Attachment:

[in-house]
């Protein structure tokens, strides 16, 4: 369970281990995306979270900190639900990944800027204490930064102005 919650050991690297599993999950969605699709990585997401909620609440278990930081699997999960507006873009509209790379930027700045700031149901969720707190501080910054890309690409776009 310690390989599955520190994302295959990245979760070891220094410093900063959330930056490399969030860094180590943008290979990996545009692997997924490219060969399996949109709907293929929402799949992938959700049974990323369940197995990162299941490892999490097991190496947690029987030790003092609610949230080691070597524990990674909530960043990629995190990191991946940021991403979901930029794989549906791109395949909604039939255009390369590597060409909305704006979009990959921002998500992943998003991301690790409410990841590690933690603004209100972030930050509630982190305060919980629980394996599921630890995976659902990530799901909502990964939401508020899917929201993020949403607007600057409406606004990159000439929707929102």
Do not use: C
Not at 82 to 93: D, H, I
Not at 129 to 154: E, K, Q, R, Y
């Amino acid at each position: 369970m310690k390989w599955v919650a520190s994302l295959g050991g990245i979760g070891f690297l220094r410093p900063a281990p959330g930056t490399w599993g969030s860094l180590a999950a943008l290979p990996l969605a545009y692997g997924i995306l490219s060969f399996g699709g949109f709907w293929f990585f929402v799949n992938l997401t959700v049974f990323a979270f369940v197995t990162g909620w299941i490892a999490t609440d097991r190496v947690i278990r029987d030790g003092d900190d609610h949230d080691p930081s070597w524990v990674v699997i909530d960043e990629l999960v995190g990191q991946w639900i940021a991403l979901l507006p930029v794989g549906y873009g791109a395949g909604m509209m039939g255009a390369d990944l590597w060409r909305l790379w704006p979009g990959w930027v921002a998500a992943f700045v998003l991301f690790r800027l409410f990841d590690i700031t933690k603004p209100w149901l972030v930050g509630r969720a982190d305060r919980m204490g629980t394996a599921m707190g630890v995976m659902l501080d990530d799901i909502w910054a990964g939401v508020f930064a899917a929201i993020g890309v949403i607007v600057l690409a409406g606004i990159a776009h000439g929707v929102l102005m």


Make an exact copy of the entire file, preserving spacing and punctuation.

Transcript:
[in-house]
């Protein structure tokens, strides 16, 4: 369970281990995306979270900190639900990944800027204490930064102005 919650050991690297599993999950969605699709990585997401909620609440278990930081699997999960507006873009509209790379930027700045700031149901969720707190501080910054890309690409776009 310690390989599955520190994302295959990245979760070891220094410093900063959330930056490399969030860094180590943008290979990996545009692997997924490219060969399996949109709907293929929402799949992938959700049974990323369940197995990162299941490892999490097991190496947690029987030790003092609610949230080691070597524990990674909530960043990629995190990191991946940021991403979901930029794989549906791109395949909604039939255009390369590597060409909305704006979009990959921002998500992943998003991301690790409410990841590690933690603004209100972030930050509630982190305060919980629980394996599921630890995976659902990530799901909502990964939401508020899917929201993020949403607007600057409406606004990159000439929707929102």
Do not use: C
Not at 82 to 93: D, H, I
Not at 129 to 154: E, K, Q, R, Y
């Amino acid at each position: 369970m310690k390989w599955v919650a520190s994302l295959g050991g990245i979760g070891f690297l220094r410093p900063a281990p959330g930056t490399w599993g969030s860094l180590a999950a943008l290979p990996l969605a545009y692997g997924i995306l490219s060969f399996g699709g949109f709907w293929f990585f929402v799949n992938l997401t959700v049974f990323a979270f369940v197995t990162g909620w299941i490892a999490t609440d097991r190496v947690i278990r029987d030790g003092d900190d609610h949230d080691p930081s070597w524990v990674v699997i909530d960043e990629l999960v995190g990191q991946w639900i940021a991403l979901l507006p930029v794989g549906y873009g791109a395949g909604m509209m039939g255009a390369d990944l590597w060409r909305l790379w704006p979009g990959w930027v921002a998500a992943f700045v998003l991301f690790r800027l409410f990841d590690i700031t933690k603004p209100w149901l972030v930050g509630r969720a982190d305060r919980m204490g629980t394996a599921m707190g630890v995976m659902l501080d990530d799901i909502w910054a990964g939401v508020f930064a899917a929201i993020g890309v949403i607007v600057l690409a409406g606004i990159a776009h000439g929707v929102l102005m």